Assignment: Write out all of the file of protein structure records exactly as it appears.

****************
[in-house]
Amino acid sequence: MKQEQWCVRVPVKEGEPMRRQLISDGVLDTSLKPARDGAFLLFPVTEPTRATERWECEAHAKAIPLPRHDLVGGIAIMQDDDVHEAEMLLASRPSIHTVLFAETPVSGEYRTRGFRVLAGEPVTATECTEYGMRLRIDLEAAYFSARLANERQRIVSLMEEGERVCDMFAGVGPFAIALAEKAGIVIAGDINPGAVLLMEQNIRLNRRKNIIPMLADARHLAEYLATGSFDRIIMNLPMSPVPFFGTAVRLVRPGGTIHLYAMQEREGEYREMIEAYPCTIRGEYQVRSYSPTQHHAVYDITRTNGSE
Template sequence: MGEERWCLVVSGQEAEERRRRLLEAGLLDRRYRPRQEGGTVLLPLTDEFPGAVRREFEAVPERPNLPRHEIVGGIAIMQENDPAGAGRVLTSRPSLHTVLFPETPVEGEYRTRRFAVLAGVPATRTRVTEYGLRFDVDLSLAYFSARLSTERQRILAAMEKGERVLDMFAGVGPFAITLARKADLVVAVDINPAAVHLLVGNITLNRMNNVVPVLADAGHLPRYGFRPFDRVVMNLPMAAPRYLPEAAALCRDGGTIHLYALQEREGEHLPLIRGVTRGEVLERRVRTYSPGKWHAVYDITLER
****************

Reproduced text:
[in-house]
Amino acid sequence: MKQEQWCVRVPVKEGEPMRRQLISDGVLDTSLKPARDGAFLLFPVTEPTRATERWECEAHAKAIPLPRHDLVGGIAIMQDDDVHEAEMLLASRPSIHTVLFAETPVSGEYRTRGFRVLAGEPVTATECTEYGMRLRIDLEAAYFSARLANERQRIVSLMEEGERVCDMFAGVGPFAIALAEKAGIVIAGDINPGAVLLMEQNIRLNRRKNIIPMLADARHLAEYLATGSFDRIIMNLPMSPVPFFGTAVRLVRPGGTIHLYAMQEREGEYREMIEAYPCTIRGEYQVRSYSPTQHHAVYDITRTNGSE
Template sequence: MGEERWCLVVSGQEAEERRRRLLEAGLLDRRYRPRQEGGTVLLPLTDEFPGAVRREFEAVPERPNLPRHEIVGGIAIMQENDPAGAGRVLTSRPSLHTVLFPETPVEGEYRTRRFAVLAGVPATRTRVTEYGLRFDVDLSLAYFSARLSTERQRILAAMEKGERVLDMFAGVGPFAITLARKADLVVAVDINPAAVHLLVGNITLNRMNNVVPVLADAGHLPRYGFRPFDRVVMNLPMAAPRYLPEAAALCRDGGTIHLYALQEREGEHLPLIRGVTRGEVLERRVRTYSPGKWHAVYDITLER